While the library has reopened to the public, our in-person programming is on hiatus. But never fear, library staff are to create To-Go Kits for those who are missing our library programs. Supplies are limited, though, so if you couldn't get to the library in time, we have you covered. Today we will cover our popular Science Kit. Check back each week for more library fun at home!
September Science Kit: Growing Crystals
Check out this list of nonfiction and fiction library books featuring crystals
. Now it's time for a science experiment!
Gather the following supplies from home:
- Measuring tablespoon
- 1-cup measuring cup
- A wide-mouth jar
- 1 Pipe cleaner
- A pencil
- Borax (found in most grocery stores in the laundry aisle)
- Food coloring (optional)
- Gather all your supplies together
- Twist pipe cleaners into whatever shape you’d like (heart, star, circle, stick figure). You can make your shape as fancy or simple as you like. Note: Make sure your pipe cleaner shape will fit easily into your jar with plenty of space around the mouth of the jar as the shape will be slightly wider once crystals have formed on it, making it harder to remove.
- Tie a piece of string to one point of the shape. Tie the other end around the middle of a pencil. Hang the shape in the jar with the pencil resting across the mouth of the jar. Make sure that it hangs without touching any part of the jar. Take it out of the jar and set it aside.
- PARENTS PLEASE HELP WITH THIS STEP: Use a 1-cup measuring cup to count how many cups of water you need to fill your jar so that the water will completely cover your shape when it is hanging in the jar. This should be between 2-3 cups. Then pour the water into a pan and heat until boiling. Pour the hot water back into the jar. The water and jar will be very hot!
- For every cup of water you put in the jar, you will need around three tablespoons of Borax. Add the Borax to the water one tablespoon at a time stirring until it is dissolved. If you don’t see any tiny pieces of Borax floating around in the jar, add another tablespoon and stir. Once no more Borax will dissolve in your water you have created a saturated solution. This needs to be done while the water is hot.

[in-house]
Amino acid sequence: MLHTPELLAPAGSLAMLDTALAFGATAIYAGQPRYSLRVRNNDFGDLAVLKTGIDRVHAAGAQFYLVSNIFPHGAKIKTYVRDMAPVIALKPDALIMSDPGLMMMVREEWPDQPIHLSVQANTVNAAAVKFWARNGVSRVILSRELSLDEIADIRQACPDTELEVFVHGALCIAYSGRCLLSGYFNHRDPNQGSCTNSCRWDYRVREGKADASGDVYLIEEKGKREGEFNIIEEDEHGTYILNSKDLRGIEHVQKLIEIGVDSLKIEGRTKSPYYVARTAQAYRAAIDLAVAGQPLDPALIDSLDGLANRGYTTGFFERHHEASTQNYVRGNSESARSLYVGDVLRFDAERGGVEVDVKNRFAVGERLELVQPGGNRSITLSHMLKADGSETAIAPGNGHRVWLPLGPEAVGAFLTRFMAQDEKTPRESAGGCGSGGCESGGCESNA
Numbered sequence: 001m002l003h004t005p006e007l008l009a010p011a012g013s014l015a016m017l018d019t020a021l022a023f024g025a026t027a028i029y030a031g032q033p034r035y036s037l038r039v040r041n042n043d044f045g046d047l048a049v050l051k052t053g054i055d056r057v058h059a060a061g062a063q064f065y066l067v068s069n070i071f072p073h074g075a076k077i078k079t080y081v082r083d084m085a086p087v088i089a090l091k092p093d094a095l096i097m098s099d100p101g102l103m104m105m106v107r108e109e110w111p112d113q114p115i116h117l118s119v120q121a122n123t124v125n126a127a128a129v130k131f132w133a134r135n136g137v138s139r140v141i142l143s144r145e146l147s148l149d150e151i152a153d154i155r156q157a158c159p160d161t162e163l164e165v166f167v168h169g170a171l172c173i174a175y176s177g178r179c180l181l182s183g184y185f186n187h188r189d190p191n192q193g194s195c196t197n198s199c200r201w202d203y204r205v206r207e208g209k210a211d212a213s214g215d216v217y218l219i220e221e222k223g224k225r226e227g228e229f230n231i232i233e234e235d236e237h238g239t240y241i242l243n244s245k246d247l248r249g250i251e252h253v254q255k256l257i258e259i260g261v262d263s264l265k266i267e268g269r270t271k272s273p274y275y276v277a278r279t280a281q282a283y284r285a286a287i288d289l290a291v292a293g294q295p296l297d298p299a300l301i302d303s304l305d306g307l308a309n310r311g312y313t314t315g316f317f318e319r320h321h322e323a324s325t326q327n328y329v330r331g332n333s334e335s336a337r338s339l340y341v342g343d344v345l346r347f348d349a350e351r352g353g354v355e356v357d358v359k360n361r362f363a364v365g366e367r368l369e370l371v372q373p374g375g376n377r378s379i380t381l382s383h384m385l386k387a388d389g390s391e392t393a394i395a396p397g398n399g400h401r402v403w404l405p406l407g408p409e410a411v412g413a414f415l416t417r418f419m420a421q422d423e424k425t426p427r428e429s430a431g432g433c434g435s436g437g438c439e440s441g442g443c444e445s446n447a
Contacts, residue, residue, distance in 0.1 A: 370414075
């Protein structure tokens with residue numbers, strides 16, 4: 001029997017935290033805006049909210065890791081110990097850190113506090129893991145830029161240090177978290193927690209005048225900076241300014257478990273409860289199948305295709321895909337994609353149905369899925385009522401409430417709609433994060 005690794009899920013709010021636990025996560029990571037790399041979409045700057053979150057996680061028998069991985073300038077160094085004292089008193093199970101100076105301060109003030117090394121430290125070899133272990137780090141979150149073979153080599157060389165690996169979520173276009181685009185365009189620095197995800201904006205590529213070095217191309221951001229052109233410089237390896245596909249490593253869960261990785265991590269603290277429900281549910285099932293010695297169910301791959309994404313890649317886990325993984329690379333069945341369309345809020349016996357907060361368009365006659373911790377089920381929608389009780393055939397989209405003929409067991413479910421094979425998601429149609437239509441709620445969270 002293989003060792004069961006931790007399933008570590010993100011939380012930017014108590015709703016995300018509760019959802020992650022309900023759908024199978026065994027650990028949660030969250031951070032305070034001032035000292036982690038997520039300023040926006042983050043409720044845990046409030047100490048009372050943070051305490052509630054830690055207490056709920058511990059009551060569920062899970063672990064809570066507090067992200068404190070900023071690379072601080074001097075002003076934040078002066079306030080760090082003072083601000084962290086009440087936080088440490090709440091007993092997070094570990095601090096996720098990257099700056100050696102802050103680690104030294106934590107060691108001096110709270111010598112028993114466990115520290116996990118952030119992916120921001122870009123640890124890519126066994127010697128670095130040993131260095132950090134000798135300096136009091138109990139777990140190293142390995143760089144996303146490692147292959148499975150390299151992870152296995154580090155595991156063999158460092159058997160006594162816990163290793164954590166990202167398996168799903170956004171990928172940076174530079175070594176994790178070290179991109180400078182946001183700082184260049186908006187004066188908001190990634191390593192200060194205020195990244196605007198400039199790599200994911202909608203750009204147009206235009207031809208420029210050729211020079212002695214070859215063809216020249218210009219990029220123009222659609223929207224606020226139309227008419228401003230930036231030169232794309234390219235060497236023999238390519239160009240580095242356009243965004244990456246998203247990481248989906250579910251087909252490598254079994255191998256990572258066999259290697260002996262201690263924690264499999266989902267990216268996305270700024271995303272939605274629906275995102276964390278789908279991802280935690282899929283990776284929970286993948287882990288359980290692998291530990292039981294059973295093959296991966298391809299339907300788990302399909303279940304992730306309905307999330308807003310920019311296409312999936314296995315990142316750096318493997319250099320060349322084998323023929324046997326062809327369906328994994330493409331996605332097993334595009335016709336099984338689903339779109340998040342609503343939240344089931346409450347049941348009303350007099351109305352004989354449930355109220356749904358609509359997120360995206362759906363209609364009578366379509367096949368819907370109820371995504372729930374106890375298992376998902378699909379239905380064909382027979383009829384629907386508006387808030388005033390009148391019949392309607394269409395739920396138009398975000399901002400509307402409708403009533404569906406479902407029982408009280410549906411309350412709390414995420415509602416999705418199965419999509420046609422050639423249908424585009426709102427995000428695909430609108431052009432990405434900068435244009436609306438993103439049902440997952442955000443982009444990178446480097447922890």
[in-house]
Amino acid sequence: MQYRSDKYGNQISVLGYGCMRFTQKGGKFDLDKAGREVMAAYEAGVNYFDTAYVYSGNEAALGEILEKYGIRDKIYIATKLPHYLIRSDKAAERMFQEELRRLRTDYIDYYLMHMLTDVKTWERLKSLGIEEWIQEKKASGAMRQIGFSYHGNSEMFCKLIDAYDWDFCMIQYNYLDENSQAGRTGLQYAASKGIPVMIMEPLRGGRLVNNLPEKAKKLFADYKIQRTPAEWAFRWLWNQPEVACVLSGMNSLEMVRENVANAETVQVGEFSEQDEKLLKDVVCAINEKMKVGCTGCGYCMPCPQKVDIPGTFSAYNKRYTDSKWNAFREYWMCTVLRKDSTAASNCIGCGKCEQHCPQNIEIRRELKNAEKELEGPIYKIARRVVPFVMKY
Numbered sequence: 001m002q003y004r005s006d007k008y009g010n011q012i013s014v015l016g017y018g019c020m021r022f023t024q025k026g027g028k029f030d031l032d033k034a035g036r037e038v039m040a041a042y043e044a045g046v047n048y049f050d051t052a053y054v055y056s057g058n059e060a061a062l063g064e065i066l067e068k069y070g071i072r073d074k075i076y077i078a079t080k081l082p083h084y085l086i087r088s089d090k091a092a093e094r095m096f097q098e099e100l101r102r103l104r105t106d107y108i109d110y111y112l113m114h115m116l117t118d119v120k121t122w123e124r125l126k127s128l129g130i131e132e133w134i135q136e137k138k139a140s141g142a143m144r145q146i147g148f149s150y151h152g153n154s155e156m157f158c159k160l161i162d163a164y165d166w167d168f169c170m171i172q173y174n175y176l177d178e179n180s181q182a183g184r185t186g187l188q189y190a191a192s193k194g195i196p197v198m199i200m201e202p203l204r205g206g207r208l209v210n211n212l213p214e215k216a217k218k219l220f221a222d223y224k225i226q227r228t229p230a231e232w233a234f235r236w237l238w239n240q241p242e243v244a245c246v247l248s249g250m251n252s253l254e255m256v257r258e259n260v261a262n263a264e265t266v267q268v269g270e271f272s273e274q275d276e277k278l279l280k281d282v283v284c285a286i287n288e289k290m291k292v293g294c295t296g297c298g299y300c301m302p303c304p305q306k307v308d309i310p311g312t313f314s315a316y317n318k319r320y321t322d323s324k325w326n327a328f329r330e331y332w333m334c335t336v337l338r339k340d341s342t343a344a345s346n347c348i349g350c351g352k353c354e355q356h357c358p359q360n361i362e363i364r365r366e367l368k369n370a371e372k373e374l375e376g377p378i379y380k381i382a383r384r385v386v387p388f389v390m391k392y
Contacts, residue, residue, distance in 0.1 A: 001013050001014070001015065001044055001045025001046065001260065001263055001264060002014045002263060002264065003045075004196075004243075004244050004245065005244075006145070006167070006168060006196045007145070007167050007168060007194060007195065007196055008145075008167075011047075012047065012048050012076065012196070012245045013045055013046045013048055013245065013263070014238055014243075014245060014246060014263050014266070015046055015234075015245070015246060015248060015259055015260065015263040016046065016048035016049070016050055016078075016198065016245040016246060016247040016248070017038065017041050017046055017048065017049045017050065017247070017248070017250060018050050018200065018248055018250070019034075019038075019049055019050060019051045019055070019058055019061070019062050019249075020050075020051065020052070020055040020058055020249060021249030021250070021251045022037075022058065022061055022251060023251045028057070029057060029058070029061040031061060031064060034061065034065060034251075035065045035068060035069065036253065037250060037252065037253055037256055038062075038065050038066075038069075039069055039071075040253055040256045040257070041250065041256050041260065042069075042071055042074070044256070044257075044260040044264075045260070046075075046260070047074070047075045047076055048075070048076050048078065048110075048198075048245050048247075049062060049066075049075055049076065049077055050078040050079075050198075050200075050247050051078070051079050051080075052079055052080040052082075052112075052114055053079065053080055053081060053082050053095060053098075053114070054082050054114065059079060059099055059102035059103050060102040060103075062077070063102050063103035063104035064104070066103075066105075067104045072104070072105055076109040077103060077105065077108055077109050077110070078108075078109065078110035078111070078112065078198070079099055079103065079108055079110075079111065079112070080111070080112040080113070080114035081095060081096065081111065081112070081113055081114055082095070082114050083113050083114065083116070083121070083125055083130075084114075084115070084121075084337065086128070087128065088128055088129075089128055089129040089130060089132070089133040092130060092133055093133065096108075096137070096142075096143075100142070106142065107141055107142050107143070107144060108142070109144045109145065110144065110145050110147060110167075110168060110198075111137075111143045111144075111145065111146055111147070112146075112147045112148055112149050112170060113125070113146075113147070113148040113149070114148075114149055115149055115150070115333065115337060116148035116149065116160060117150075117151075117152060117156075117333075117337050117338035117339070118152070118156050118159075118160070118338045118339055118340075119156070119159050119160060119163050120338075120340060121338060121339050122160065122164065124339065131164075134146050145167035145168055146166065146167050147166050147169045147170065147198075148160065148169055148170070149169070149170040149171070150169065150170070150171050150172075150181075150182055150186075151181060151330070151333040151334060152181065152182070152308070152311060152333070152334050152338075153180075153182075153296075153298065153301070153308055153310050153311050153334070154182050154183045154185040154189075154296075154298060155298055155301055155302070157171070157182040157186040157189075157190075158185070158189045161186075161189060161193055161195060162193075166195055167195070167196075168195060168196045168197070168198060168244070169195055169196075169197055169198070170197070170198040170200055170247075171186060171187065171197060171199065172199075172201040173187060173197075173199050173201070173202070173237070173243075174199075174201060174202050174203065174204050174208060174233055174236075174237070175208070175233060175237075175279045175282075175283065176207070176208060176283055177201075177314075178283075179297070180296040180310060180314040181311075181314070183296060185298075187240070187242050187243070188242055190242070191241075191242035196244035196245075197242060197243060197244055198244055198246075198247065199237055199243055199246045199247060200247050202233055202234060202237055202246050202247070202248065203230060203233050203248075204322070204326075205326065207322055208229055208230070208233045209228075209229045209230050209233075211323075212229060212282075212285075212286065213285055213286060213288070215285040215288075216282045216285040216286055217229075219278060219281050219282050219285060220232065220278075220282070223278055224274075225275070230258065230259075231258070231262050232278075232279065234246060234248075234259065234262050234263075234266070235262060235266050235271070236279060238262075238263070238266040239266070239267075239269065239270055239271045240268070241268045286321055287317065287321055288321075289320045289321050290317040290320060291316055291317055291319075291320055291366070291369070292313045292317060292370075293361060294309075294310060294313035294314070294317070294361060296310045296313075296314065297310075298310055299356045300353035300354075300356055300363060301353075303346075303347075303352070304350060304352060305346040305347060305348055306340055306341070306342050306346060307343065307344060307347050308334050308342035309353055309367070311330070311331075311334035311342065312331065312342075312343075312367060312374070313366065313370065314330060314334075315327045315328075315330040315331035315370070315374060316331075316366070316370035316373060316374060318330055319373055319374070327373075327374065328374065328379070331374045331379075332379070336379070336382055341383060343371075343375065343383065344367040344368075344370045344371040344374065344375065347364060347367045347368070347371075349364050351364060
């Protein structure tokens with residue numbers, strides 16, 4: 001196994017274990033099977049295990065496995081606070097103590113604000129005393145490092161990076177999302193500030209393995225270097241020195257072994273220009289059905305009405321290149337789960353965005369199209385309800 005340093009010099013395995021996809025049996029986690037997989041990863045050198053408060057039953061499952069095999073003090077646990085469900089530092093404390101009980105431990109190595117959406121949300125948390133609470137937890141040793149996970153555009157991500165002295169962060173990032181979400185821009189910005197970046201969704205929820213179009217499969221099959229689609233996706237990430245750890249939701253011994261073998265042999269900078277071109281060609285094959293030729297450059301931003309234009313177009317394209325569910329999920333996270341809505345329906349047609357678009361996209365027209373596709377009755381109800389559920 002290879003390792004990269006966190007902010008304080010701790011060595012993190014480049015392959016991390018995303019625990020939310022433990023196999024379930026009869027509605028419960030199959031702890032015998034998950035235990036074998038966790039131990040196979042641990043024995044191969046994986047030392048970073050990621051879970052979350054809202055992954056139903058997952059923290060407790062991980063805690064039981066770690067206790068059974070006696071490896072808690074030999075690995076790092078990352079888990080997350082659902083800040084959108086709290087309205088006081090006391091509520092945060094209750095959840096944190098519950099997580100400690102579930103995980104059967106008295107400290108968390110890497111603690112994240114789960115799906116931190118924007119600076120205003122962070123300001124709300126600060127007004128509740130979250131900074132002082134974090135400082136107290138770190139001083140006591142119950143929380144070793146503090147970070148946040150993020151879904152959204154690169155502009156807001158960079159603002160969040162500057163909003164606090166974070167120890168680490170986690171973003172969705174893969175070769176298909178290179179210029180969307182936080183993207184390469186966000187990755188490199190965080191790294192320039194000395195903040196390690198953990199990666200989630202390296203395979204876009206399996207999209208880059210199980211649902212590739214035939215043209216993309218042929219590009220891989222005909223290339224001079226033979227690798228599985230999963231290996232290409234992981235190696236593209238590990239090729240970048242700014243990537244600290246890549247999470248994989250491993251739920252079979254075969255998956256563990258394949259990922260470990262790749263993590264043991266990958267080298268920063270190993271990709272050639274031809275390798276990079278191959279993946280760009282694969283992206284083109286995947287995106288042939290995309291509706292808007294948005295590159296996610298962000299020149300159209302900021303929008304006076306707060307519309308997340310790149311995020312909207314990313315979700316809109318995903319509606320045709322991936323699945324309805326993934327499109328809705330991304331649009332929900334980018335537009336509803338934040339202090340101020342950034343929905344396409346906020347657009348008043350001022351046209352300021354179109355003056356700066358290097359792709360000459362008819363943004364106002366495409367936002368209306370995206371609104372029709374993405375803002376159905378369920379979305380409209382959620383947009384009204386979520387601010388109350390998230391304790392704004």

- Hang your pipe cleaner shape in the jar so that it is completely covered in the solution. Let it sit overnight.
- Gently remove your now crystal-covered shape in the morning and let it dry.
- Optional: To make colored crystals add 5-10 drops of food coloring to the solution in step five. Remember the crystals will reflect the color of the pipe cleaner.
All crystal making begins with a saturated solution. This is simply a solution that cannot hold any more of a material. When you stirred your borax into the hot water you were creating saturated solution. Hot water can hold more borax than cold. So as your water cooled it became supersaturated and crystals will grow in any solution that is supersaturated. As the crystals form the atoms have a certain arrangement that they will settle into creating a shape.
Just for fun try making crystals with other materials around the house. See if they make different shapes. You could use Epsom salt, not ionized table salt, alum (found in spice section) and sugar. You may need to use more material than 3 tablespoons per cup. Just keep stirring until no more will dissolve and particles are left on the bottom. For the best results you may want to separate the extra particles on the bottom from your solution by just pouring the top solution off leaving the particles behind to disregard. Have fun and keep exploring!